PDRF works with field experts and reputable humanitarian institutions to organize and coordinate private sector solutions to disaster management. It has also established the world’s first private sector-led national emergency operations center in Clark Freeport Zone, Pampanga.

Digital divide poses obstacle to growth – PIDS


The Philippine Institute Development Studies (PIDS) has warned that digital divide in the Philippines still poses a considerable obstacle to growth.

Low computer ownership across households undermines access as costly and inefficient internet connection services aggravate the situation.

In its latest study authored by research fellow Francis Mark Quimba and research analyst Sylwyn Calizo, Jr., PIDS noted that cyber-security issues are also major risks for the Filipino population which can lead to online scam, data phishing, hacking or theft.

Amid these risks, PIDS has stressed the need to establish a strong collaborative working relationship among key actors in the digital economy and promote the use of information technology through information campaigns.

PIDS has also called for a review of laws related to digital technologies particularly the Internet, the provision of public goods and services and the implementation of the Philippine Broadband Plan.

On the positive side, the study revealed that the use of digital technology is effective in providing financial assistance and training to Filipinos.

The study focused on the Technical Education and Skills Development Authority (TESDA) Online Program (TOP) and the Center for Agriculture and Rural Development (CARD) Bank’s konek2CARD (k2C).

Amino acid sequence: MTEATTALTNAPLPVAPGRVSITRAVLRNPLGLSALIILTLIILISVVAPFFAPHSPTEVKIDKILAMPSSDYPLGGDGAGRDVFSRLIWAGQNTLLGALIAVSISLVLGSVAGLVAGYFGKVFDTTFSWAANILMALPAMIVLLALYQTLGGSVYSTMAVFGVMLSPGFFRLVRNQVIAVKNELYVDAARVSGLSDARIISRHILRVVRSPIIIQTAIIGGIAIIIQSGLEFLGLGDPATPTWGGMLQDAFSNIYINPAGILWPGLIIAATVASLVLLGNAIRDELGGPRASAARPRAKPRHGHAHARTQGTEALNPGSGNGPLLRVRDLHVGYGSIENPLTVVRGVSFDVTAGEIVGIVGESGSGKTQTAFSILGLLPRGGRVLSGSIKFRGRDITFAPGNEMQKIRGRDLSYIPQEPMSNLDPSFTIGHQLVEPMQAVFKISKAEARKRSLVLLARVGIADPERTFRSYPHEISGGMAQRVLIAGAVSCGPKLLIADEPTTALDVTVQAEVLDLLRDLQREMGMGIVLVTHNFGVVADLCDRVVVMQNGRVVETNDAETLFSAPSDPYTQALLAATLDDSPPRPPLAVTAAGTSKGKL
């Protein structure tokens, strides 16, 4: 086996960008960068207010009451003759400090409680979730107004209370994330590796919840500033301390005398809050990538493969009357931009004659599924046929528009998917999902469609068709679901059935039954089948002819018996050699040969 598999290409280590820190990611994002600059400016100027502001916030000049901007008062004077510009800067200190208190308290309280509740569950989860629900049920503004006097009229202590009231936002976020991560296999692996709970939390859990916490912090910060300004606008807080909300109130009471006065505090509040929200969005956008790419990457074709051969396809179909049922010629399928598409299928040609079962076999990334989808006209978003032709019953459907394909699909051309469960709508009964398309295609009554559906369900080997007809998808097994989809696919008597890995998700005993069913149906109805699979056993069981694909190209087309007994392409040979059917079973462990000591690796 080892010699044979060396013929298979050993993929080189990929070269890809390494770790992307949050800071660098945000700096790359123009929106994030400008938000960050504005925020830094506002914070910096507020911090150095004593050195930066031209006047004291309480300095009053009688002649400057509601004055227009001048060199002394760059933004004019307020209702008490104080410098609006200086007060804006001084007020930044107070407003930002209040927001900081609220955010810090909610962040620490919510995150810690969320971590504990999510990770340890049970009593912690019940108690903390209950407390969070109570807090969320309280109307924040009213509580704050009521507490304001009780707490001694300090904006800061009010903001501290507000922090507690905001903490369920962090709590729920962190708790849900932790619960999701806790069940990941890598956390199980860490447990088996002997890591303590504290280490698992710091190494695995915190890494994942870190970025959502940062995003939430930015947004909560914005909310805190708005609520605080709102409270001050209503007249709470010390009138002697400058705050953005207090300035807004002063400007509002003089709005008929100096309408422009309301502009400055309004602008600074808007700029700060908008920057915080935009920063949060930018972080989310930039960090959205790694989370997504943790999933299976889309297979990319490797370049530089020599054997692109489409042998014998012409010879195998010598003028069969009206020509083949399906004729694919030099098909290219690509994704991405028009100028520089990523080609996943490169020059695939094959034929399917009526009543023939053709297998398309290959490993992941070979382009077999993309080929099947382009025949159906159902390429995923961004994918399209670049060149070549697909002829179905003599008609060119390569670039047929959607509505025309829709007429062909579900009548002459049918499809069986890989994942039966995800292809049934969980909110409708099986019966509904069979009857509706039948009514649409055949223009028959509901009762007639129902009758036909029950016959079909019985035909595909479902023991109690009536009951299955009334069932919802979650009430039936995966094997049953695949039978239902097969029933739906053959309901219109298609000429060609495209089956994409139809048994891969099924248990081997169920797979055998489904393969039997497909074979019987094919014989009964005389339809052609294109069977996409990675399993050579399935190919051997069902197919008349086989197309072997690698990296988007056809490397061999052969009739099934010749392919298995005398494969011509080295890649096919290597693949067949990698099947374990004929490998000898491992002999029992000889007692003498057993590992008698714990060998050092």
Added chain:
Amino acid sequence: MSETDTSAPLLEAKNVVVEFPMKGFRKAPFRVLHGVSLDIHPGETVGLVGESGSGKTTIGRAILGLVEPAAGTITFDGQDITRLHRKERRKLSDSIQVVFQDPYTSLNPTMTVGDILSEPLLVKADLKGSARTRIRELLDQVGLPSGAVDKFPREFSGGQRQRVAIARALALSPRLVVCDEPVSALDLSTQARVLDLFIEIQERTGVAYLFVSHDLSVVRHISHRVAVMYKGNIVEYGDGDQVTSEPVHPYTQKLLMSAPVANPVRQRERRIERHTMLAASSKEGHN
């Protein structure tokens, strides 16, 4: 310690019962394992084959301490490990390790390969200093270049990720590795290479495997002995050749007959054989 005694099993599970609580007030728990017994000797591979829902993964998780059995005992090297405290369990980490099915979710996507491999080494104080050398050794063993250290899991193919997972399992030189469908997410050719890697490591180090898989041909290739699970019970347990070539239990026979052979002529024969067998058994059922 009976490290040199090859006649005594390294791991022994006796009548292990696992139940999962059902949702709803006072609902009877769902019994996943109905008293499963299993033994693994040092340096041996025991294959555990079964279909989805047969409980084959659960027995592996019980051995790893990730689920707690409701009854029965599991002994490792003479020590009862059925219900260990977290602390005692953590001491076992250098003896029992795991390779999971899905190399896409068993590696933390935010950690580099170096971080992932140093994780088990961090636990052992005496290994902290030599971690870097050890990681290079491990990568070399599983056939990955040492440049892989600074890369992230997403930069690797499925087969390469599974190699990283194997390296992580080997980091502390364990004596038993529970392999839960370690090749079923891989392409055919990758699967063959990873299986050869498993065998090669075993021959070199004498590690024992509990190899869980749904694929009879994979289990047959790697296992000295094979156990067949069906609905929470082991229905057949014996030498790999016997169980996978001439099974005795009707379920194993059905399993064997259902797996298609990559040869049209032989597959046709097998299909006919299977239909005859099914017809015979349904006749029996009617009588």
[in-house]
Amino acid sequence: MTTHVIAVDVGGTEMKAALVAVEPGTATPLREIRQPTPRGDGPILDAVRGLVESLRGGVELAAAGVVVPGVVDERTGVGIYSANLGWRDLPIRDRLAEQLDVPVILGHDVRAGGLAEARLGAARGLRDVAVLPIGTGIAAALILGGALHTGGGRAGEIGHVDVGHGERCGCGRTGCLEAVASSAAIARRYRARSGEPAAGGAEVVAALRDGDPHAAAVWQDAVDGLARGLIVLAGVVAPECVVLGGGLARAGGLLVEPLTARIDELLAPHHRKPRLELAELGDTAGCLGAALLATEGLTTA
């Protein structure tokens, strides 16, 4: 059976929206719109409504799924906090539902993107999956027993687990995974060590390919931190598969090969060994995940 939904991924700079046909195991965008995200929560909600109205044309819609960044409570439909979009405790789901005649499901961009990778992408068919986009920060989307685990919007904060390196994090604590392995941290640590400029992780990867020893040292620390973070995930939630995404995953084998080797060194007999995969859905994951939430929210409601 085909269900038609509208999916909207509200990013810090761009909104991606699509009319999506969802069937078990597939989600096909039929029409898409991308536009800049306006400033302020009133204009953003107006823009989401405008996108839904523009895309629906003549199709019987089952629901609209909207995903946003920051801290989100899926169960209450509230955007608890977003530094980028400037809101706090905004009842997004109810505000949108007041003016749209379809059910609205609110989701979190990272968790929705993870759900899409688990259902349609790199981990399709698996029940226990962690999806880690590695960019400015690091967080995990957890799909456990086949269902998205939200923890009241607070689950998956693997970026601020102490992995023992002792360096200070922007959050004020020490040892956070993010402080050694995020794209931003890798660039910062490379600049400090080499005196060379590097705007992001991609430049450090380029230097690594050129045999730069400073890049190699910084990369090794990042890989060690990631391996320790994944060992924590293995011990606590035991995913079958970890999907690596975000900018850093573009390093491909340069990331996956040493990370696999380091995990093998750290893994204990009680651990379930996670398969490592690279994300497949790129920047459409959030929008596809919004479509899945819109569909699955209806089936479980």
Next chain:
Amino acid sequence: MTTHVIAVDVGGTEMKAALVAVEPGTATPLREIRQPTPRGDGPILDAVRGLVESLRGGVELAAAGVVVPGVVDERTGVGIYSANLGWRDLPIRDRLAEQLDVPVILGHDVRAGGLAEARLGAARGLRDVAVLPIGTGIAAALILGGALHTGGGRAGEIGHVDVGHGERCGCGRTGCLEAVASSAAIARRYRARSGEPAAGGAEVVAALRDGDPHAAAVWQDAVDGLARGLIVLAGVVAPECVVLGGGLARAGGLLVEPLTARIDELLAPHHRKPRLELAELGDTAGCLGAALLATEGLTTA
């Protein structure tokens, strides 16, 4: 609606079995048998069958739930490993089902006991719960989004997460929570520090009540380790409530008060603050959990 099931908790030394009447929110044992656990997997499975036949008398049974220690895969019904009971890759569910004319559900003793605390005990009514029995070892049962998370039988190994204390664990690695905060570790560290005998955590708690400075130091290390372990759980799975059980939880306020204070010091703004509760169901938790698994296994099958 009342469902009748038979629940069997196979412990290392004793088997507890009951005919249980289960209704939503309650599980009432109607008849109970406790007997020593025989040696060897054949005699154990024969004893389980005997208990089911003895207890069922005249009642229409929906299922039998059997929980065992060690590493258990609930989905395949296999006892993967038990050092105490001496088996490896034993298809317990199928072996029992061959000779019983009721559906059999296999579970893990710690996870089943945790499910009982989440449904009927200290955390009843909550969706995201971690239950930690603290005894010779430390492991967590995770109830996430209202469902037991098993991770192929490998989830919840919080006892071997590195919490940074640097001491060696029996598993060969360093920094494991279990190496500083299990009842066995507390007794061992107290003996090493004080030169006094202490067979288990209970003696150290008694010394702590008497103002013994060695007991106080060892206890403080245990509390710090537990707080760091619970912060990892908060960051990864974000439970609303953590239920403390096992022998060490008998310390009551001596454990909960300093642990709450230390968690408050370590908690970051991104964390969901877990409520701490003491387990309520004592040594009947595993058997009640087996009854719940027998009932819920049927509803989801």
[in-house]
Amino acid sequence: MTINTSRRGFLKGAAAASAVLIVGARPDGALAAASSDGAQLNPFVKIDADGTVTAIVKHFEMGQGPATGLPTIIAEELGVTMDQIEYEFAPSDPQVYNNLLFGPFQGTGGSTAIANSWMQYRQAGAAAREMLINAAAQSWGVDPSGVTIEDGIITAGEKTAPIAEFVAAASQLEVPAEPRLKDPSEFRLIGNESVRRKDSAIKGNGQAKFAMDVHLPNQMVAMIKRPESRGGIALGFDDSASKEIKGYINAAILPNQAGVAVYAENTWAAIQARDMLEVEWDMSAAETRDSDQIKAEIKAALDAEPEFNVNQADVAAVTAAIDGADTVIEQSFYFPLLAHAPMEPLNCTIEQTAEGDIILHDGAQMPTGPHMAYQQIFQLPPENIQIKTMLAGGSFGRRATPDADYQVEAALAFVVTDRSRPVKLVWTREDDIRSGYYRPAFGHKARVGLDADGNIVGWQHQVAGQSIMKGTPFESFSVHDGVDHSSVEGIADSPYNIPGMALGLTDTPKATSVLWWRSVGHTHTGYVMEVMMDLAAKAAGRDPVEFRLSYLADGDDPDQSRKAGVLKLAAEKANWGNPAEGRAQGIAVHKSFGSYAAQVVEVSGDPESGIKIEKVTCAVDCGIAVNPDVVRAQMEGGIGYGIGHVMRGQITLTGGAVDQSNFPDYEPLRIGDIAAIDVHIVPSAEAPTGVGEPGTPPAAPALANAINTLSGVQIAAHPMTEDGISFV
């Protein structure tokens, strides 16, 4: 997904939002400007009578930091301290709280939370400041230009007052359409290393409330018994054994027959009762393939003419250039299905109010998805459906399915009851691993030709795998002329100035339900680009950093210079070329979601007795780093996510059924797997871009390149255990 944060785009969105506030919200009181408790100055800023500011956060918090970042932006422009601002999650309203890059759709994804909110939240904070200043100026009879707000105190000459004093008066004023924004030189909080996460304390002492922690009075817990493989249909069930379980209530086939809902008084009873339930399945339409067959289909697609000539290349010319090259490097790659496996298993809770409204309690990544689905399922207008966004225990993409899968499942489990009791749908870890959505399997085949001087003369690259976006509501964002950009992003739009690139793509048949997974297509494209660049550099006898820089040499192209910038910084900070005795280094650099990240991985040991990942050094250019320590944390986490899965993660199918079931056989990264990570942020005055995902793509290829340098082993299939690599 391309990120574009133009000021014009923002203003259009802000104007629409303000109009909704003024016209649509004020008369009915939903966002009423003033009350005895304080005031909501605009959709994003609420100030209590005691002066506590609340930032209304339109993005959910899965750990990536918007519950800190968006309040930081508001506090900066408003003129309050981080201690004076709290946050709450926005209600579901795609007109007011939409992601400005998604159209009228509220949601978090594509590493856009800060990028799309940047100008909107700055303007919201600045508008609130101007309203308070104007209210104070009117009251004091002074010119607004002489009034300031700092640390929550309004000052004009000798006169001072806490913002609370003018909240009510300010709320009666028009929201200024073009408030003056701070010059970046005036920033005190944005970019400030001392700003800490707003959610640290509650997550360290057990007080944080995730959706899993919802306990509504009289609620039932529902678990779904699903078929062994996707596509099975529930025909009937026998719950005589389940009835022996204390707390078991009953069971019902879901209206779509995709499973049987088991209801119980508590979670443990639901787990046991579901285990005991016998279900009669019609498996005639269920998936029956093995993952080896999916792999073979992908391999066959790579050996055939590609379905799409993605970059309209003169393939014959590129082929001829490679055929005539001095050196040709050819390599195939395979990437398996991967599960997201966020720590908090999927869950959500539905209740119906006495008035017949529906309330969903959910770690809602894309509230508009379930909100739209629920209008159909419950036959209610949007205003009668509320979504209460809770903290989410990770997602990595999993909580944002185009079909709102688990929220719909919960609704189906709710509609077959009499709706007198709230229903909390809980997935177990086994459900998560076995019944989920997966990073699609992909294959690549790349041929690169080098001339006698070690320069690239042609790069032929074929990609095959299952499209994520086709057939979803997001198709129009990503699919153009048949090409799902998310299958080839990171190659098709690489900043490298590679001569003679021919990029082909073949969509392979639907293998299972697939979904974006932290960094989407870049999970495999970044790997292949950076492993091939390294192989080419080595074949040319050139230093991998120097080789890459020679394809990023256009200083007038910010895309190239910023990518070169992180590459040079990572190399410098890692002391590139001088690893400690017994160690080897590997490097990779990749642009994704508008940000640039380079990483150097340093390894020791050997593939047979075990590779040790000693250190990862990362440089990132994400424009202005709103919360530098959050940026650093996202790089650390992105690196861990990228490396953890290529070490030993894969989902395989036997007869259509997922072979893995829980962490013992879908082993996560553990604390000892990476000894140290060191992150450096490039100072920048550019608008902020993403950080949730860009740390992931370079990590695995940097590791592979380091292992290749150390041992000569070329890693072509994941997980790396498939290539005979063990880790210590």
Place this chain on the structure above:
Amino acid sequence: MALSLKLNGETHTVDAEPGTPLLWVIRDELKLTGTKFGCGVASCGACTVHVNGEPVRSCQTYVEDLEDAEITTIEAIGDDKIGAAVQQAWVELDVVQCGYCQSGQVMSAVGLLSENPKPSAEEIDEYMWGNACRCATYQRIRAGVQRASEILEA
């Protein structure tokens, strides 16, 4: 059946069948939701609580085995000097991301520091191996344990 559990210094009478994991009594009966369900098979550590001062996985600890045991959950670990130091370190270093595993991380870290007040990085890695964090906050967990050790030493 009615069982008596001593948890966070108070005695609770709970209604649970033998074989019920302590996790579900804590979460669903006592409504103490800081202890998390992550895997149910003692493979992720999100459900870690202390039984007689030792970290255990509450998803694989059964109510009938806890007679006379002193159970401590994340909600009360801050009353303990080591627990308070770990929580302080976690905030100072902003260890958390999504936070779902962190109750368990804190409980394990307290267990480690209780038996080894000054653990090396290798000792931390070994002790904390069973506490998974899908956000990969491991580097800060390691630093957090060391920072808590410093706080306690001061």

Funded by the Consumer Unity and Trust Society (CUTS) in partnership with the PIDS, the study aims to assess the state of digital economy in the Philippines and its potential benefits and risks.

Launched by TESDA in 2012, TOP, the first massive open online courseware in the Philippines, is an open educational resource that aims to make technical education more accessible to Filipino citizens through the use of information and communications technology (ICT). It caters to students, out-of-school youths, unemployed adults, local and overseas workers, and professionals here and abroad.

As of December 2017, there are more than one million registered TOP users enrolled in its various courses, such as ICT (51%), tourism (20.7%), health (5.4%), and electronics (4.9%).

According to data cited by Quimba and Calizo, 60 percent of TOP enrolees are women. About 76.2 percent of online sessions occur in the Philippines, while 23.8 percent are done overseas. As of May 2017, 46.8 percent of enrolees have already completed their courses.

A survey by PIDS to 592 TOP registered users during the first quarter of 2018 showed that convenience (78%) and opportunity to learn at one’s own pace (71%) are the key reasons of respondents in using the online tool.